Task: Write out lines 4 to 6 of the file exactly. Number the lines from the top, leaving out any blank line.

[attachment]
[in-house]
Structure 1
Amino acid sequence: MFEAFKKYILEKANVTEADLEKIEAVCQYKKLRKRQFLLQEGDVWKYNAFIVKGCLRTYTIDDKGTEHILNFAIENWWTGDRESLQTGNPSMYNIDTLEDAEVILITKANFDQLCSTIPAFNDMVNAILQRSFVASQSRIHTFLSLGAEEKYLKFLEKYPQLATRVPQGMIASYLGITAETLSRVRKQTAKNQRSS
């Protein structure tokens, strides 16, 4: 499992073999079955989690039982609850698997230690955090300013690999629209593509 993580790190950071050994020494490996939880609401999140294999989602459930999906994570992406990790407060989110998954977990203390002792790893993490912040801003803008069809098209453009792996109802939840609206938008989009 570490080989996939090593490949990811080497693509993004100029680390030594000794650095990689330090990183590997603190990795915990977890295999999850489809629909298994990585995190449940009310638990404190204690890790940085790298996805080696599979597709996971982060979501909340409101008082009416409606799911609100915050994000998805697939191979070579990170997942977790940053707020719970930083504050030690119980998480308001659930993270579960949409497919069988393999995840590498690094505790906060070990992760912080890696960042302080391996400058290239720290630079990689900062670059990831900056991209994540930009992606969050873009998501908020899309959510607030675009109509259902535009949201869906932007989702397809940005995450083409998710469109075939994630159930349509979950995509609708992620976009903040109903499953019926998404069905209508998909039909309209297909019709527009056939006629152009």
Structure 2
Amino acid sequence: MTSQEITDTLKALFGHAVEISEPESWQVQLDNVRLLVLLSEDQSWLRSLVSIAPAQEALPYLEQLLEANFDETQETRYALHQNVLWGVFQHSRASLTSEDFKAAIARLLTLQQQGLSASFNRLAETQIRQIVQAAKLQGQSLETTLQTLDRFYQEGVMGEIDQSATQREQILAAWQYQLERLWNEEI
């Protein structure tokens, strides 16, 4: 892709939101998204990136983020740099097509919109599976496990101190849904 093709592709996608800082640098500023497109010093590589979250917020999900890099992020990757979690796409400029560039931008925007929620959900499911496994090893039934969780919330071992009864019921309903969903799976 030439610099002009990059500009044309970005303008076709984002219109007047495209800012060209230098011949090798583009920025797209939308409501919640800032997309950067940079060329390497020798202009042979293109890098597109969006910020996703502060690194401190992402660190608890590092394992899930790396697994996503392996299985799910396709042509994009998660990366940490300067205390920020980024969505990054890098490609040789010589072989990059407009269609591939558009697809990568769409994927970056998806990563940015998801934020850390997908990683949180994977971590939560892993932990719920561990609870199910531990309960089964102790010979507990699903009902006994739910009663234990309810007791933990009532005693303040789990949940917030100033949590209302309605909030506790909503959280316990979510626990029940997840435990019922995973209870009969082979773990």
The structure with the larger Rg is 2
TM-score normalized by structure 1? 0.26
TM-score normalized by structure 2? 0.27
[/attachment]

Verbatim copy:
């Protein structure tokens, strides 16, 4: 499992073999079955989690039982609850698997230690955090300013690999629209593509 993580790190950071050994020494490996939880609401999140294999989602459930999906994570992406990790407060989110998954977990203390002792790893993490912040801003803008069809098209453009792996109802939840609206938008989009 570490080989996939090593490949990811080497693509993004100029680390030594000794650095990689330090990183590997603190990795915990977890295999999850489809629909298994990585995190449940009310638990404190204690890790940085790298996805080696599979597709996971982060979501909340409101008082009416409606799911609100915050994000998805697939191979070579990170997942977790940053707020719970930083504050030690119980998480308001659930993270579960949409497919069988393999995840590498690094505790906060070990992760912080890696960042302080391996400058290239720290630079990689900062670059990831900056991209994540930009992606969050873009998501908020899309959510607030675009109509259902535009949201869906932007989702397809940005995450083409998710469109075939994630159930349509979950995509609708992620976009903040109903499953019926998404069905209508998909039909309209297909019709527009056939006629152009």
Structure 2
Amino acid sequence: MTSQEITDTLKALFGHAVEISEPESWQVQLDNVRLLVLLSEDQSWLRSLVSIAPAQEALPYLEQLLEANFDETQETRYALHQNVLWGVFQHSRASLTSEDFKAAIARLLTLQQQGLSASFNRLAETQIRQIVQAAKLQGQSLETTLQTLDRFYQEGVMGEIDQSATQREQILAAWQYQLERLWNEEI